Leo’s Workers Meeting With Aramark
Published: Friday, October 19, 2012
Updated: Friday, October 19, 2012 02:10
Employees at O’Donovan Hall are hopeful that newly instated weekly meetings with representatives of their employer, Aramark Higher Education, will improve worker-management relations, though communication with the company remains a chief concern of both employees and the Georgetown Solidarity Committee.
According to Director of Media Relations Rachel Pugh, representatives of UNITE HERE, a national labor union to which Leo’s workers belong, began meeting with the dining hall’s management this summer, but talks between workers and their employer did not begin until this fall.
“These meetings provide the opportunity to voice any and all concerns and to discuss options and appropriate next steps,” Pugh wrote in an email.
Tarshea Smith, who has worked in the dining hall for 19 years, said the meetings have been productive thus far.
“[The meetings] are effective in a lot of ways because we can solve things right then and there instead of filing a grievance. And a lot of times we can talk to them because they know we have the student support,” she said.
According to Smith, some conflicts that would have formerly resulted in a worker’s losing his or her job have been solved through this weekly forum. The meetings are held with Director of Food and Beverage Ted Lipansky.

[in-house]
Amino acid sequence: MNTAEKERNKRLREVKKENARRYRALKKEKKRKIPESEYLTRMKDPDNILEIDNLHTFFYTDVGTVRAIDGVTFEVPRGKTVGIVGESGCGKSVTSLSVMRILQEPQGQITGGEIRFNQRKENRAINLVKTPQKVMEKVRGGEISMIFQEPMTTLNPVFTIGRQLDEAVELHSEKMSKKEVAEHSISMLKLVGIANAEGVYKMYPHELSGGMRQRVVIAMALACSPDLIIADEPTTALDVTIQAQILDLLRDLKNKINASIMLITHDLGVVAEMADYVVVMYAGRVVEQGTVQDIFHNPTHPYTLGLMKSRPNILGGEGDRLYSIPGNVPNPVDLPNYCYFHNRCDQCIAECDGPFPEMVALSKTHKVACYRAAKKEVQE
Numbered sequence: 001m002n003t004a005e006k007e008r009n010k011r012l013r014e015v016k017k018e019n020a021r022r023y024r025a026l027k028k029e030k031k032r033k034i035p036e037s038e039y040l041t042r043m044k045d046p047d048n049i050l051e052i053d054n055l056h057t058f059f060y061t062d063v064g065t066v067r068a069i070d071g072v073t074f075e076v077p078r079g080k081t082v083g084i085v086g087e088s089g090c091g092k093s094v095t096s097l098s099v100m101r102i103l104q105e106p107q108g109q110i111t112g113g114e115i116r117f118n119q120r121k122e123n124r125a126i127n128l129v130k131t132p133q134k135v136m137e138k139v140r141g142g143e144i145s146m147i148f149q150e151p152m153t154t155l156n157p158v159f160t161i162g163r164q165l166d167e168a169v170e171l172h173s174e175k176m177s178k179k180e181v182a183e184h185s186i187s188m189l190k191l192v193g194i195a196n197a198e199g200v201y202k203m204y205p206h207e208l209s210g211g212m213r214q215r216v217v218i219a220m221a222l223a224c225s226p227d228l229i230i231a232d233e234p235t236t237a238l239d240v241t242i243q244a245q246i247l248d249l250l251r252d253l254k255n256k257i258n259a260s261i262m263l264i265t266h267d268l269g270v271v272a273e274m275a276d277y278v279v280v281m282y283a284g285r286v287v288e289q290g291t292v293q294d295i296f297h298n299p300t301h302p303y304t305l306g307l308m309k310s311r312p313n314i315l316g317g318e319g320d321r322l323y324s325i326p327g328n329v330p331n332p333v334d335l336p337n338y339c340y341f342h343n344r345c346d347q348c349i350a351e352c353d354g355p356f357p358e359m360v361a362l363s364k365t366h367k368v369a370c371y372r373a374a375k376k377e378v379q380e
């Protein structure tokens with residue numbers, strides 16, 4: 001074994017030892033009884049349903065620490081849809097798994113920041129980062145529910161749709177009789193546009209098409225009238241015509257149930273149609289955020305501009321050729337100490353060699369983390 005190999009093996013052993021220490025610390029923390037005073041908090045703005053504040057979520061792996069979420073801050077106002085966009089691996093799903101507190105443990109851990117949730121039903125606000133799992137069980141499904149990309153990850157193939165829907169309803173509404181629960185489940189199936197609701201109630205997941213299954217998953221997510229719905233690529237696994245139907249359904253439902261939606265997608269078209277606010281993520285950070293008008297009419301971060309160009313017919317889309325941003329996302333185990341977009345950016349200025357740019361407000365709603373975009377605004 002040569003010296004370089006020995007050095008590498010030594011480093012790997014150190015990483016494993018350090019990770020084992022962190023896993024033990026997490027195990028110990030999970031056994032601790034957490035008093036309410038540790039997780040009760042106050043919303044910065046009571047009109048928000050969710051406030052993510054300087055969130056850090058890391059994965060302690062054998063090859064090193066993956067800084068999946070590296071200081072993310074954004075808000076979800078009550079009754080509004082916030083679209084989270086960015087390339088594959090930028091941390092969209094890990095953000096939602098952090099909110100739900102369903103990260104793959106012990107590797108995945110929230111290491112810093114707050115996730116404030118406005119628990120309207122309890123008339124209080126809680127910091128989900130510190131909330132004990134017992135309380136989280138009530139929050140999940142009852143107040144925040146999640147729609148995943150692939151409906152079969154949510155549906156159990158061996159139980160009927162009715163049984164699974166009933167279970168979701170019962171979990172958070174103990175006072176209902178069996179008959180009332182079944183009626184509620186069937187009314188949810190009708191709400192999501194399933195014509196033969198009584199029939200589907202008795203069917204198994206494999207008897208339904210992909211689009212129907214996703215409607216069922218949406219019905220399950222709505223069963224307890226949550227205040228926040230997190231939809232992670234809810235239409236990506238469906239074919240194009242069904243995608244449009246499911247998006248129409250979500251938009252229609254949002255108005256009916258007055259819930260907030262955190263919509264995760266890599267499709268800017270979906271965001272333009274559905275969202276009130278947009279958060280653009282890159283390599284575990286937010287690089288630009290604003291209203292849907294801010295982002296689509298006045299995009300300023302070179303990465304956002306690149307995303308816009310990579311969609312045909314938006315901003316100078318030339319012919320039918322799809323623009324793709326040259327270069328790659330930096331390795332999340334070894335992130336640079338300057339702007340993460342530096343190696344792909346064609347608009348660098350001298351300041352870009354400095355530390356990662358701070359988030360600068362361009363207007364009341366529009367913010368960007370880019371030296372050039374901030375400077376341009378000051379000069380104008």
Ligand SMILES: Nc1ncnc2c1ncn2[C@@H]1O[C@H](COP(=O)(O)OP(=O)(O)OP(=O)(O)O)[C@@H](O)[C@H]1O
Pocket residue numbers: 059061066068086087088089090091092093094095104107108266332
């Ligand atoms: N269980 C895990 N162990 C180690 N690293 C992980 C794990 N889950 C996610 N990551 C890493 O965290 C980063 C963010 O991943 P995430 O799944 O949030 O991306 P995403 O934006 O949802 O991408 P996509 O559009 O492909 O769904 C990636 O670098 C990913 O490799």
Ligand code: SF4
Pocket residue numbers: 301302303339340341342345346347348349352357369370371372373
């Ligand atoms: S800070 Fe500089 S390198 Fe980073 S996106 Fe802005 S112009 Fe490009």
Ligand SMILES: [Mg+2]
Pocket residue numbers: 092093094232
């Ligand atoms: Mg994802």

“My co-worker was written up … and the sous chef said he was being insubordinate. He wouldn’t wear a hairnet,” Smith said. “His co-workers took pictures of [him wearing] the hairnet. … We went into the office to talk about it, and they tore up the write-up.”
Smith said she believes that in addition to accomplishing practical goals, these meetings provide an opportunity for workers to band together.
“It shows how unified we are, how we’re going to push back together when you push against us,” she said.
At a recent weekly meeting, employees fought on behalf of their co-worker who was denied a job after she returned from maternity leave. Without a human resources department, workers have to trust their managers to complete and turn in paperwork for situations like maternity leave on time, sometimes resulting in miscommunications and delays.
In recent weeks, Leo’s has been running out of food at popular stations, which some employees attributed to a disconnect between workers and the managers who order supplies.
Georgetown Solidarity Committee members Erin Riordan (COL ’15) and Julia Hubbell (COL ’15) also cited miscommunication as the biggest problem between Leo’s workers, Aramark, students and the university.
“The missing piece right now is a systematic way to bring students and workers together to bring their concerns to the table,” Hubbell said.
“We need a system set up in which everyone who has a stake in these issues can be at the same table and it’s not separate people talking about different things,” she said.